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Records of the Queens Jewish Center (Queens Village, NY)

 Collection
Identifier: I-471

Scope and Content Note

The records of the Queens Jewish Center of Queens Village provide insight into a small, Conservative congregation in Queens, New York. Spanning from its inception and incorporation in 1925 to its culmination in 2002, the Queens Jewish Center collection highlights this congregation's wide-range of religiously oriented and secular educational activities, ceremonies, developments, events, and programs. The Queens Jewish Center materials are predominately comprised of clippings, correspondence, community, financial, legal, and property records, journals, and newsletters.

The majority of the collection consists of minutes of meetings for the following organizational groups: Board of Trustees and the Board of Directors (1932-1984, 1992-2000, 2002), Sisterhood which was originally known as Ladies Auxiliary (1940-1952, 1959-1984, 1992), and Men's Club which was originally known as Ray-Ouss (Friendship) (1945, 1953, 1973-1979). The Board of Directors and the Board of Trustees, Sisterhood, and Men's Club devotion to the Queens Jewish Center is amply documented throughout the materials. The minutes detail routine operational and functional matters, including religious and secular events, financial concerns, fundraising, and membership, amongst others.

Significant in this collection are the activities of the women belonging to the Sisterhood organization of the Queens Jewish Center. Primarily concerned with promoting the values of the congregation as well as fundraising efforts, the materials relating to Sisterhood portray their long-standing faithfulness dedication to their congregation and community.

A wealth of material relating to the Queens Jewish Center's chapters of Girl Scouts of the United States of America and Boy Scouts of America are contained in this collection. The items related to these organizations include enrollment rosters, operational materials, ephemera as well as activities, songs, and information on how the children could obtain merit badges.

Throughout its history, the Queens Jewish Center celebrated numerous events. Organized predominately by the Board of Directors, Board of Trustees, Sisterhood, and Men's Club, these events included anniversary dinners and dances, fundraisers, and weekend trips. Flyers, invitations, programs, budgets, and schedules detail these special occasions.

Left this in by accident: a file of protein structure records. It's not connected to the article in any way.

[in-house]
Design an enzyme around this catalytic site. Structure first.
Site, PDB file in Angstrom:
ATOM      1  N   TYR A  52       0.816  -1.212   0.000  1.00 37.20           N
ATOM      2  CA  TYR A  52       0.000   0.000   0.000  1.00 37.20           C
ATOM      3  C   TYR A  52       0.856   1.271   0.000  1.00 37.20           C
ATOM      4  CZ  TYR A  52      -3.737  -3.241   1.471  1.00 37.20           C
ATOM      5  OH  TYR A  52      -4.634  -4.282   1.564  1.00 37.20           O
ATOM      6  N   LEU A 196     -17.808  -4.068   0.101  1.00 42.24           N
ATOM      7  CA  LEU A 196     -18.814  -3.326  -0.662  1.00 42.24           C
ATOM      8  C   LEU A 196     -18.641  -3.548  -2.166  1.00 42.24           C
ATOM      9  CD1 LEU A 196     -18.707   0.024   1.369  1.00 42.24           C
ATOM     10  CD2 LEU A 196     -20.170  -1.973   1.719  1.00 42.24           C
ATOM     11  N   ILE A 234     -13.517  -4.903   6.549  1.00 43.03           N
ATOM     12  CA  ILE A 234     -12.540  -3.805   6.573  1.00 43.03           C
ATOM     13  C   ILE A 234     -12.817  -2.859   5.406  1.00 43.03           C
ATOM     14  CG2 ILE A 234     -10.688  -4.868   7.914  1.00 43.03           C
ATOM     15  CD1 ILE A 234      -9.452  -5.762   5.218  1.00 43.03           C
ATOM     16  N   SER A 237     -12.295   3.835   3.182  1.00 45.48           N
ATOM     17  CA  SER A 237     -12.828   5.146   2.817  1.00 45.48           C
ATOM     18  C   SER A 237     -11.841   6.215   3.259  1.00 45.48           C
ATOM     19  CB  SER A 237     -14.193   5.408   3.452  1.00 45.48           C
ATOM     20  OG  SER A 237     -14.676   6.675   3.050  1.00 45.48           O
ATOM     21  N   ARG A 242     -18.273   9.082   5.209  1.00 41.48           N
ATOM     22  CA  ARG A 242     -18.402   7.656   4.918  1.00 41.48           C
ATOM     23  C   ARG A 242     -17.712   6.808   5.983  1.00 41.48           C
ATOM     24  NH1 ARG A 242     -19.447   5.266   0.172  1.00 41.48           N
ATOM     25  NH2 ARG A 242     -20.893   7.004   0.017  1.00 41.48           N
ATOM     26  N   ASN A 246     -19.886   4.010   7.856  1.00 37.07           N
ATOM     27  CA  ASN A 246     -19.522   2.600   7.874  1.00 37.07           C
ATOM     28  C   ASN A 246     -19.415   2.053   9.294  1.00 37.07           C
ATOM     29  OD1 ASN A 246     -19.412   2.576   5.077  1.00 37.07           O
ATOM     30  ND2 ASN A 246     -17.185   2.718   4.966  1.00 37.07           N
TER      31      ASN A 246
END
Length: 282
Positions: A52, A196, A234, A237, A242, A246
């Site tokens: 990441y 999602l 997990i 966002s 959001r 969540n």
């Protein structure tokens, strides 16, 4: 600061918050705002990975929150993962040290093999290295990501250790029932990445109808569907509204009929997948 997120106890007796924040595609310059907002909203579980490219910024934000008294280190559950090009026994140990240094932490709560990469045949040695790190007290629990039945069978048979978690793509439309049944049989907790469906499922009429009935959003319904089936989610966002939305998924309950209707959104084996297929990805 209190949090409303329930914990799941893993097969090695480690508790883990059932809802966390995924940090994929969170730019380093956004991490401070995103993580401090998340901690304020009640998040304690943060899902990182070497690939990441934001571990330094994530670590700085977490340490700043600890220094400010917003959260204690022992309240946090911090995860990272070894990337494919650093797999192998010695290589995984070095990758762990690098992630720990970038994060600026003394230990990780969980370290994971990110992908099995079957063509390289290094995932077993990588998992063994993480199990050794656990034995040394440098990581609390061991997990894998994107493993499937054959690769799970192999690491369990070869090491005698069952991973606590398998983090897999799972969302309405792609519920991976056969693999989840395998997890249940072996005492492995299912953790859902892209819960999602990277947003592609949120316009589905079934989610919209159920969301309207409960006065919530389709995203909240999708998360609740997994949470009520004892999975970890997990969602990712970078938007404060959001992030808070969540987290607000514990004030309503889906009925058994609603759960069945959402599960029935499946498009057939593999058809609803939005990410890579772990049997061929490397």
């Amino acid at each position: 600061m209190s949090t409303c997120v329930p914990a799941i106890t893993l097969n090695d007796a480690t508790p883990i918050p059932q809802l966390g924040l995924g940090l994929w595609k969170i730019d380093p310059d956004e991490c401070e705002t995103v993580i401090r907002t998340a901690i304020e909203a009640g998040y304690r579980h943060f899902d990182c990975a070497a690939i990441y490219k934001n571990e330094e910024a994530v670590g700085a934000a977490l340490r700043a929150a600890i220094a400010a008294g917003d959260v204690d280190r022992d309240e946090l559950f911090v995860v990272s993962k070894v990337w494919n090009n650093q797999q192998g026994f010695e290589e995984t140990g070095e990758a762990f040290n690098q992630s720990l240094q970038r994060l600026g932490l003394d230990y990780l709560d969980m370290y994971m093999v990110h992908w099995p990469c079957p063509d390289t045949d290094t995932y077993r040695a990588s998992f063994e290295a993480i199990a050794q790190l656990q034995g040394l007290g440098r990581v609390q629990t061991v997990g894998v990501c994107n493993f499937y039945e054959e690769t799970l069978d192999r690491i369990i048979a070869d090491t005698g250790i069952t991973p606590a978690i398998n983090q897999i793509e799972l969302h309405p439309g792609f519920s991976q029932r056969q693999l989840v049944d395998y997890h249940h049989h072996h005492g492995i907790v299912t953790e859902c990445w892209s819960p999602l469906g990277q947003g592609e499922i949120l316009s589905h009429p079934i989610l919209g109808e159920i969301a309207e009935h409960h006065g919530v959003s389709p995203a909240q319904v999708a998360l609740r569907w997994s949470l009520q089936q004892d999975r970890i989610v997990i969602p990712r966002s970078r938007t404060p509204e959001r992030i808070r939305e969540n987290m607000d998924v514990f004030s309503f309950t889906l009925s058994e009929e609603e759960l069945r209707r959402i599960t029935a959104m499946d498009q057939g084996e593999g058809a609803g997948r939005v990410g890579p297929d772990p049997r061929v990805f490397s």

As the longest serving Rabbi of the Queens Jewish Center (1959-1991), the materials relating to Jacob Wendroff's tenure primarily consist of correspondence between congregants and organizations, pamphlets and invitations to celebrate his 18-year anniversary with the center, as well as his obituary in the New York Times. Of interest are the court documents and legal correspondence pertaining to the lawsuit between Wendroff's heirs and Queens Jewish Center.

The congregation's publications, The Journal and The Voice, represent an important aspect of this collection. As the monthly newsletter, The Voice (1932-2001) included substantial content about congregational events and news, messages from both the presiding Rabbi and President of the Board, as well as club, education, miscellaneous bulletins, and calendars of monthly and upcoming events.

The photographic images and negatives represent another strength of this collection. These items document the center's building, clergy, congregation, staff, and students. In addition, images of the following groups and organizations are also found within the collection: Queens Jewish Center basketball team, Brownies group, Girl Scouts, Boy Scouts, Cub Scouts, Library Staff, Sunday and Hebrew School faculty.

Of particular note are the religious books and materials, including a rare, decorative Passover Haggadah that was published in 1897 in Vienna. Oversized items of interest include the building's surveys and architectural plans, blueprints and designs for the center's building and sanctuary; the Sisterhood scrapbook spanning from 1940 through 1952; and the Men's Club revised charter from 1953.

Materials detailing the early history and development of the Queens Jewish Center are sparse and largely consist of oral testimonies, newspaper clippings, and journal entries.

While many of the records for the Queens Jewish community have been lost, destroyed by fire, or discarded, overall this collection is representative of the majority of historical items pertaining to this congregation. As such, the Queens Jewish Center collection serves as a valuable primary source for historians and scholars interested in the Jewish Conservative Movement of America, in particular, and American Jewry, in general.